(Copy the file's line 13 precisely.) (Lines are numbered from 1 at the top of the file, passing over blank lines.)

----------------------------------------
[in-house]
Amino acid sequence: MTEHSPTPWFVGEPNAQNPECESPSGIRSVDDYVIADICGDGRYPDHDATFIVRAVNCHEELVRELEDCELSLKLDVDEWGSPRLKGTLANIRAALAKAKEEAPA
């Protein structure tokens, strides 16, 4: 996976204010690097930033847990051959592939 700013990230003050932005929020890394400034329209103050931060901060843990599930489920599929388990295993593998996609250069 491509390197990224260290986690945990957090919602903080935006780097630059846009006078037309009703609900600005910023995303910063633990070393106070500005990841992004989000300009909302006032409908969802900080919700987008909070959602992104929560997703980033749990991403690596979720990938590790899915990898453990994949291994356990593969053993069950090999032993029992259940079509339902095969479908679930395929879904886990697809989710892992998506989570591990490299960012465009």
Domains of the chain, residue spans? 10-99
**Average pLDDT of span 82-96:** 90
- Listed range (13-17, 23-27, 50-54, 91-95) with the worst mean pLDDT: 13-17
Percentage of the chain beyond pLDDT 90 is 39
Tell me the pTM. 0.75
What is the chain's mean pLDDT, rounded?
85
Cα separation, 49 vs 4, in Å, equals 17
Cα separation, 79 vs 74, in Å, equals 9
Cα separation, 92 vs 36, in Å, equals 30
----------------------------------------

Cα separation, 92 vs 36, in Å, equals 30